high-speed air bleeds. In later 2150 models (early-to-mid
the booster venturi assembly has separate main air bleed and
high-speed air bleed
The fixed high-speed bleed system uses fixed-orifice air bleeds
in the booster
venturi assembly. As fuel is drawn through the booster venturi
air is drawn into the fuel stream through the bleed orifices,
up to the airflow
limit of the fixed orifices.
The fuel/air mixture
is enriched when the airflow velocity through the booster
venturis increases beyond
the point at which the fixed bleed orifices reach maximum flow.
With the fixed high-speed bleed system, the point at which
enrichment begins is
determined by the size of the fixed bleed orifices, and the
rate of enrichment is
determined by the rate of airflow velocity change.
Above: (1) Lift rod and yoke and (2) tapered metering
The variable high-speed bleed system consists of tapered
metering rods that move
up and down in high-speed air bleed holes to regulate the
amount of air drawn into the
main fuel well and the fuel stream flowing to the booster
The metering rods are raised and lowered by a cam on the
shaft. When the throttle plates are closed, the cam does not
contact the lift rod
and the lift rod is held down by a spring.
When the throttle plates open, the cam engages the lift rod,
which raises the
metering rods to close off the bleed holes and enrich the
The variable high-speed bleed system provides more precise
control of the fuel/air
mixture over a wider range of engine speeds by linking mixture
with throttle position.
Above: (1) Throttle shaft, (2) lift rod spring and
(3) throttle shaft cam, and (4) lift rod, yoke, and
With the variable high-speed bleed system, the point at which
and the rate of increase in enrichment is determined by the
taper of the metering
rods and the position of the metering rods relative to the
throttle. The degree of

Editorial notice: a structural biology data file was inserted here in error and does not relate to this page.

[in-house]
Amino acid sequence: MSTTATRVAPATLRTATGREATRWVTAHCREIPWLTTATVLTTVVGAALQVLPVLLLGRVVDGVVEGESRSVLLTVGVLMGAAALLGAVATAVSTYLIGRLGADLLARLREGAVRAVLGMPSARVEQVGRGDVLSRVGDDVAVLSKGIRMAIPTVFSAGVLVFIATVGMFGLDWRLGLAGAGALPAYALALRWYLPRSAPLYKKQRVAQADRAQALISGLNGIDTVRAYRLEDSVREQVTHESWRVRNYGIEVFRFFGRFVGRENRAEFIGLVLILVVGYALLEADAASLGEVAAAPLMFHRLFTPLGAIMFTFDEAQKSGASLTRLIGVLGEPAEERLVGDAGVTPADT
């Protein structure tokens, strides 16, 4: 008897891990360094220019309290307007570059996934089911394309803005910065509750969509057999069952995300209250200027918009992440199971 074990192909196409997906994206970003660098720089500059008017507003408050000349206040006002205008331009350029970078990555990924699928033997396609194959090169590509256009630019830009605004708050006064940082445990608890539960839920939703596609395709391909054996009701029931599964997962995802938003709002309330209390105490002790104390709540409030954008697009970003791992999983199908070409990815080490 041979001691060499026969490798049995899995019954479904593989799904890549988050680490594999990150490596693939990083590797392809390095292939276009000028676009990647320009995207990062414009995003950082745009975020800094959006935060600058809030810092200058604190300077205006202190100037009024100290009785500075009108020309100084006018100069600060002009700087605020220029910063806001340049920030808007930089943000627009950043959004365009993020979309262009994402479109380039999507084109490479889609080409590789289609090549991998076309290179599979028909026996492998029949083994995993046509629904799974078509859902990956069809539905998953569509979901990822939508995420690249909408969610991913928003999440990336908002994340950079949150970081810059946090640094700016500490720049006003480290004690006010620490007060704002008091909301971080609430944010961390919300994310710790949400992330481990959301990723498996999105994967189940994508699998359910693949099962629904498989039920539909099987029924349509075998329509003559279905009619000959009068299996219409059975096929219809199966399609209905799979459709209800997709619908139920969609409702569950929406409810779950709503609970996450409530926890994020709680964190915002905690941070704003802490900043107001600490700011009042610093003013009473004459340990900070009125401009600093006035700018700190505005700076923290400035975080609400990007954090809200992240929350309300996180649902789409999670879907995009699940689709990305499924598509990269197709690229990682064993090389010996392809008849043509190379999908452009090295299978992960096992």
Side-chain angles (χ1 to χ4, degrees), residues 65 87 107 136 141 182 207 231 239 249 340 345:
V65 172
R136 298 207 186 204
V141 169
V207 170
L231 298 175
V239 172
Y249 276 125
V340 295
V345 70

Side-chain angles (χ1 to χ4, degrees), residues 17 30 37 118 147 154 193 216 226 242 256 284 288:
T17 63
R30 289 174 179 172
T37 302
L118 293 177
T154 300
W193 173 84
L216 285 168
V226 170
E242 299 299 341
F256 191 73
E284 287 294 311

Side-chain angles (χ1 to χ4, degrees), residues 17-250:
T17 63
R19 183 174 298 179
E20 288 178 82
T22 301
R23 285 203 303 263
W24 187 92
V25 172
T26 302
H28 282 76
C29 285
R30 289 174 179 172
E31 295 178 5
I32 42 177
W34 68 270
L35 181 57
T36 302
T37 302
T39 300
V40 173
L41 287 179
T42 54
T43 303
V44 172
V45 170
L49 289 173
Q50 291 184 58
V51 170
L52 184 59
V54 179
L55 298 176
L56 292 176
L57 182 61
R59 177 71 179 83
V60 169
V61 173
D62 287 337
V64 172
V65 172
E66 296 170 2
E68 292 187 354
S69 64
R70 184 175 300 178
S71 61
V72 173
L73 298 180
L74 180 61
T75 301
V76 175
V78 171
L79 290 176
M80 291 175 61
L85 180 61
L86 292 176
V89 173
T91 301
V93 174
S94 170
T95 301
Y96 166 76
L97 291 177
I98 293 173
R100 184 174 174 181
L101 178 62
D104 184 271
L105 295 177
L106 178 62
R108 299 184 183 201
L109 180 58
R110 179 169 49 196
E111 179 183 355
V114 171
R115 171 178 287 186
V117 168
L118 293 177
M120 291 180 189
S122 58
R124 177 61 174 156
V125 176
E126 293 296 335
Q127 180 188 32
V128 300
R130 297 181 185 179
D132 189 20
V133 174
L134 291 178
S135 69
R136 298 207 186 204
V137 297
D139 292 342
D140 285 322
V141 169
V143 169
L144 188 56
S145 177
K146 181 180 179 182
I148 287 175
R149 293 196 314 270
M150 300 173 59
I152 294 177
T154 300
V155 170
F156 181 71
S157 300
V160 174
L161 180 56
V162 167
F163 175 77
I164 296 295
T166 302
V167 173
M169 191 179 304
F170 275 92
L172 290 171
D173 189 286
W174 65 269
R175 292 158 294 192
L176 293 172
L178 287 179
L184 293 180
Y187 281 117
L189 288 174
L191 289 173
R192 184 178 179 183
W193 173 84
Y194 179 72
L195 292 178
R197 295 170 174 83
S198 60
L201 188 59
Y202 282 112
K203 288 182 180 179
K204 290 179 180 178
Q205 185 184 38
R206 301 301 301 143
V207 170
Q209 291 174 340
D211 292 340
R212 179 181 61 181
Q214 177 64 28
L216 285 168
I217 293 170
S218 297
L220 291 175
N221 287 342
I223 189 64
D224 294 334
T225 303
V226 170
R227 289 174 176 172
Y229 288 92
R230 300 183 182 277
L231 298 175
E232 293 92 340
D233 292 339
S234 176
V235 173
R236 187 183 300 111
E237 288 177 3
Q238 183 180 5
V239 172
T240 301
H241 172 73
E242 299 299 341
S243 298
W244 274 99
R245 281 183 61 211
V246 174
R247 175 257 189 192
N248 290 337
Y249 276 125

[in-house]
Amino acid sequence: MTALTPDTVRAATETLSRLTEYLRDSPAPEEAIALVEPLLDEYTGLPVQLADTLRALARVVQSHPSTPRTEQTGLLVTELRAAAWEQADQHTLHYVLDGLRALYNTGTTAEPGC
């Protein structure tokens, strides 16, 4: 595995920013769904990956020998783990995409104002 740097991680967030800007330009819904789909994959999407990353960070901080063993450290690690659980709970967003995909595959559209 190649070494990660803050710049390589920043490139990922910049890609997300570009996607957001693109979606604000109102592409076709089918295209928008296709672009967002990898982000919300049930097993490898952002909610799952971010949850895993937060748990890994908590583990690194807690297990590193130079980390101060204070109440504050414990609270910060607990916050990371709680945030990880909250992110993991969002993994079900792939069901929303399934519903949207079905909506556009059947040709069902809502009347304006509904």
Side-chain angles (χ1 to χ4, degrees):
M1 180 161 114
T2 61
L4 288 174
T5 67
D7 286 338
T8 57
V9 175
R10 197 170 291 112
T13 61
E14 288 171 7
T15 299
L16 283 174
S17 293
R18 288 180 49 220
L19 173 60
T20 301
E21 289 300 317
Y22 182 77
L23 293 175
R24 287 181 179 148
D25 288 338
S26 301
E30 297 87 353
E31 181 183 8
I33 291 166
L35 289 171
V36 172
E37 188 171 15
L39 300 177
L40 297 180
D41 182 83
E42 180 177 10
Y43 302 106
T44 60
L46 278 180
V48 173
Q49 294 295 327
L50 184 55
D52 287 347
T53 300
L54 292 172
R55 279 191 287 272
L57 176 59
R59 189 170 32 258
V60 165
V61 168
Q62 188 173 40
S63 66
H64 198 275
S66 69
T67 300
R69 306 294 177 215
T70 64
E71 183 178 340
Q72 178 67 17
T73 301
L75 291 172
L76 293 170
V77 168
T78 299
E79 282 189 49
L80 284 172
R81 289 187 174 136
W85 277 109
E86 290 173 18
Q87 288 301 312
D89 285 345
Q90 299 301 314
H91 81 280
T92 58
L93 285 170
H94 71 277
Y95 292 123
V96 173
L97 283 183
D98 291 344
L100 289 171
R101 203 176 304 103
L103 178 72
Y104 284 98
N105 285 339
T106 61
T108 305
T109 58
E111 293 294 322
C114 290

enrichment is determined by the amount of air drawn through the
air bleed holes
at a particular throttle position.
The variable high-speed bleed system gives you more options for
fine tuning the
performance of the carburetor. If your Motorcraft 2150 doesn’t
have the variable
high-speed air bleed system, I recommend you get one that does.
High-speed pullover system
The high-speed pullover system consists of discharge nozzles in
the front of
the choke tower connected to a tube that extends from the
body cover down into the fuel bowl. Some Motorcraft 2150
carburetors also have
an air bleed orifice between the discharge nozzles and the
Above: Pullover discharge nozzles.
At high airflow velocity, the pressure differential created on
nozzles in the choke tower draws fuel up from the bowl, through
the pullover tube,
to be released into the intake airstream. This enriches the
fuel/air mixture for
more high-speed power.
The fuel/air enrichment produced by the high-speed pullover
system is determined
by amount of fuel drawn through the calibrated opening at the
bottom of the
pullover tube, the size of the air bleed orifice (if used), and
the size of the
discharge nozzle openings.
Main metering system
As airflow velocity increases through the venturis and throttle
creates vacuum inside the booster venturis. Fuel is drawn
through the main
metering system by the pressure differential between the vacuum
booster venturi main discharge ports and the air pressure
inside the fuel